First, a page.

When you have a physical illness, you go to the doctor. When you have a mental illness, you go to the doctor. Right? Wrong! 1/4 people (which is around 450 million people- probably someone you know) suffers from a mental illness, but only 1/5 of those people take medication to balance out the chemicals and hormones inside their bodies and only 1/3 people go to a doctor to seek help when they are mentally ill!
Why? If we know something isn't right, if we know what we are feeling is abnormal, if we lose interest in the things we used to love, feel on edge on all the time, have out of control mood swings, having unwanted or intrusive thoughts and use compulsions to relief anxiety, feel sad, depressed, upset for days on end, feel worthless and hopeless or become to scared to leave our own house- why do we not talk about it? Why do we not go to a doctor? One little word;
I take antidepressants. I take a little pill called fluoxetine. 20mg a day, every day to help control my obsessive compulsive disorder or OCD. Sure, it's not ideal. I mean, who actually wants to be on anti-depressants. No one. When I went to the doctor, to first be diagnosed with OCD and he said ' How do you feel about taking some medication?" My first internal reaction was; what the hell was he expecting me to say?
Of course, I would be delighted to have to admit to everyone that I have a mental illness and that I failed, gave in, couldn't control it on my own and had to result to taking antidepressants. What struck me, was he never referred to them as antidepressants, he never told me what he was giving me. As soon as I nodded my head in a state of shock and disbelief that I would be going on medication to control something which seemingly seemed so irrational before I knew it, he had printed out the prescription and placed it in my hand.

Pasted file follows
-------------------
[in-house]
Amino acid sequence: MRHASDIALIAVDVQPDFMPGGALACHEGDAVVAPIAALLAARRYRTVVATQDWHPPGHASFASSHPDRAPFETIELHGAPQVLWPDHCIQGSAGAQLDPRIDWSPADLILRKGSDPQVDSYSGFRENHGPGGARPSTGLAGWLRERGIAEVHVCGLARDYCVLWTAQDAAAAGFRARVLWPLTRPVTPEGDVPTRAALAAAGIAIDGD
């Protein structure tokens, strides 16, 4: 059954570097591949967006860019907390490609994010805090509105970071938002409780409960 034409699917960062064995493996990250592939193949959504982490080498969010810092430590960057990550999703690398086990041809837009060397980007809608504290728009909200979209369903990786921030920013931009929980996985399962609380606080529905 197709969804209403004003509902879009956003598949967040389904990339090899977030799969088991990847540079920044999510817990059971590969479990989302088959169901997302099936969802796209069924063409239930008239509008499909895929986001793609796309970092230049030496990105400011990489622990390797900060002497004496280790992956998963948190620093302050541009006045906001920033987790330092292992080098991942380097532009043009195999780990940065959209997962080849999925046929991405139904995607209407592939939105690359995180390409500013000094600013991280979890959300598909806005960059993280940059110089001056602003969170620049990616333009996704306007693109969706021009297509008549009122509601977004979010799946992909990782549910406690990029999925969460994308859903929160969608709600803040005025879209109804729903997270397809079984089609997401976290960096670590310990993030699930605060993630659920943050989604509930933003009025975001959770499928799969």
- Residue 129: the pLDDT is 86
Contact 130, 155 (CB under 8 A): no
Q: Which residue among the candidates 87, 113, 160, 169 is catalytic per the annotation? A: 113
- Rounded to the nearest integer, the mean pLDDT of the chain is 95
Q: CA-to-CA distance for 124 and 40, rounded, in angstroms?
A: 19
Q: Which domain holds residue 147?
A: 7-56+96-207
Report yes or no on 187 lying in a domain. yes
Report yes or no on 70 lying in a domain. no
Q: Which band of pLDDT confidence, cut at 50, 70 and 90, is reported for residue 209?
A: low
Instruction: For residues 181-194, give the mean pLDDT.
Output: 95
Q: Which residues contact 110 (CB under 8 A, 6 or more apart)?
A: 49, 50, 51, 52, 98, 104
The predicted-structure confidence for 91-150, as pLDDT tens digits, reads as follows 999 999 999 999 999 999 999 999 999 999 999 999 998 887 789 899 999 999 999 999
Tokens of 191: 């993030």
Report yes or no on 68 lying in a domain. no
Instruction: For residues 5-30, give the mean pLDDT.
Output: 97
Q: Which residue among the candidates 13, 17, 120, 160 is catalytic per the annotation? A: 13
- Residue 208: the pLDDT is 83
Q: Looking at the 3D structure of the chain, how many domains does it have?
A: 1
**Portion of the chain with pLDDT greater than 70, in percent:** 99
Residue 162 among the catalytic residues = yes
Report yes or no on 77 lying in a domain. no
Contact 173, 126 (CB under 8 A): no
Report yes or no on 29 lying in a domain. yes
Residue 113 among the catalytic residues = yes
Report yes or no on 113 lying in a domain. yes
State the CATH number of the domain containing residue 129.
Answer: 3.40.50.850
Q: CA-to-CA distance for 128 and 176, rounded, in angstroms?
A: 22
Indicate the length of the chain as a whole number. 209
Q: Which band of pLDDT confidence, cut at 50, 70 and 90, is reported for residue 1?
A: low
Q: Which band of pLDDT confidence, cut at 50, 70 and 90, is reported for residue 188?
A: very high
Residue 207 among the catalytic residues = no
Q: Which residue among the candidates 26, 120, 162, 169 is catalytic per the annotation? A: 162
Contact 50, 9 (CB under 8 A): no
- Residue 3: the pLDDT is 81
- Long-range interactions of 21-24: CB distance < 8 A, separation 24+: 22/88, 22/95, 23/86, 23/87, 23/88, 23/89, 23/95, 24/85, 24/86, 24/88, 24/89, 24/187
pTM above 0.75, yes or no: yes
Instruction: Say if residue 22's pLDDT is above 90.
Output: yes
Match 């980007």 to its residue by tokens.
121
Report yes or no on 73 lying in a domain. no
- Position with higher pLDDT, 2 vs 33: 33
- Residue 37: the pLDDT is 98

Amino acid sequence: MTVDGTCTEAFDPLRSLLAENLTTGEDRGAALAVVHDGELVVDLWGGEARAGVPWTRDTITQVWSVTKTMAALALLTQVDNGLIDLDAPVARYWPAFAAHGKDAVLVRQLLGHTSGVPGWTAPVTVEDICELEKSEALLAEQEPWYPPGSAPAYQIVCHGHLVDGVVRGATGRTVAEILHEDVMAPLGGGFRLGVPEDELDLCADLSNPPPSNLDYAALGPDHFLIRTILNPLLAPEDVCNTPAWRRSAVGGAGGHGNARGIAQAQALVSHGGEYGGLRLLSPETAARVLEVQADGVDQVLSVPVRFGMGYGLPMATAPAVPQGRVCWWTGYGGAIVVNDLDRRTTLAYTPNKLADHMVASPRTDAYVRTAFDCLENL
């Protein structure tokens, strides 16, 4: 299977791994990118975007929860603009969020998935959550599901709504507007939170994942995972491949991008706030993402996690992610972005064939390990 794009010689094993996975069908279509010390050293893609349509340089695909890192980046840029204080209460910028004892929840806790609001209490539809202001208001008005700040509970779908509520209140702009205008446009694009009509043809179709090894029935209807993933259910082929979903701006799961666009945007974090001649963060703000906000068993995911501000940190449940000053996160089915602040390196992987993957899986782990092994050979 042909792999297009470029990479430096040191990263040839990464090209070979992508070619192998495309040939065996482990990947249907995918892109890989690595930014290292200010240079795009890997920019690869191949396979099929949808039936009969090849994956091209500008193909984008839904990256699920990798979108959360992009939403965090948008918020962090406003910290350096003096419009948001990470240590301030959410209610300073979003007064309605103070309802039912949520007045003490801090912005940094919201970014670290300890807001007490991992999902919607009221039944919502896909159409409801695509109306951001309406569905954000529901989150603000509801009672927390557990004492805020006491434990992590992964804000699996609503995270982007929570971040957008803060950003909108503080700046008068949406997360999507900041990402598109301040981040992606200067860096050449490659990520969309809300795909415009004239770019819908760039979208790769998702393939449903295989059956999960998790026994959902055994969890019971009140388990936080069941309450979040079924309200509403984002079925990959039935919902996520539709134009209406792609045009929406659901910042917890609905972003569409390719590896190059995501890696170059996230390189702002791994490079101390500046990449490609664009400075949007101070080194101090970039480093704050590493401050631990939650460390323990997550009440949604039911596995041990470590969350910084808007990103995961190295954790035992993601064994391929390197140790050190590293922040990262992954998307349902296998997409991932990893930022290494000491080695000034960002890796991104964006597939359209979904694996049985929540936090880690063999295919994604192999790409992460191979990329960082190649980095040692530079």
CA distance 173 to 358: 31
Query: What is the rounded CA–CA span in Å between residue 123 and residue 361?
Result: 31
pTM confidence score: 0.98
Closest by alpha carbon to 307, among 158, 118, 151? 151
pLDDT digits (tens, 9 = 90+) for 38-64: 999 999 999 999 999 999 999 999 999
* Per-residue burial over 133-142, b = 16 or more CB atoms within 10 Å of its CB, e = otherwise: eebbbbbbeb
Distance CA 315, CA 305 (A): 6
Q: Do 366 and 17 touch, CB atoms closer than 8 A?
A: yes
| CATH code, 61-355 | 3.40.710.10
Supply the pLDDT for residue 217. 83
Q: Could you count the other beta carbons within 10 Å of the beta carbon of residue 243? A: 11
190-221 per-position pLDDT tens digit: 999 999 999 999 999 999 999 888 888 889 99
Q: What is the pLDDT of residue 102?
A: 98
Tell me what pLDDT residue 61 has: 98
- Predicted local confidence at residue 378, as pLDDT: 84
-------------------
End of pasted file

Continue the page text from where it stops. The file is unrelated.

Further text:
Stigma. When you say you're on antidepressants, some people automatically start to act very differently around you. People joke all the time, that their flat mate's OCD or they are so depressed, but when you say you take antidepressants for these seemingly harmless states of mind, some suddenly think you are dangerous, out of control or suicidal.
It's like WOAH you take antidepressants; it must be serious! Shouldn't you be in a physiatric hospital? Are you like going to take your life? If they don't say these things to you, they are probably thinking them in their heads. Why would people say or think these things? Don't they understand that taking anti-depressants is one of the bravest things you could ever do?
The media. The media; which includes TV, books. Music and films portray mental illness in a very inaccurate and irresponsible way. If you don't suffer from a mental illness yourself or know someone close to you that suffers, your understanding and perception of mental illness feeds directly of the information which you absorb from the media around you, which most of the time is false and inaccurate. This creates a stigma.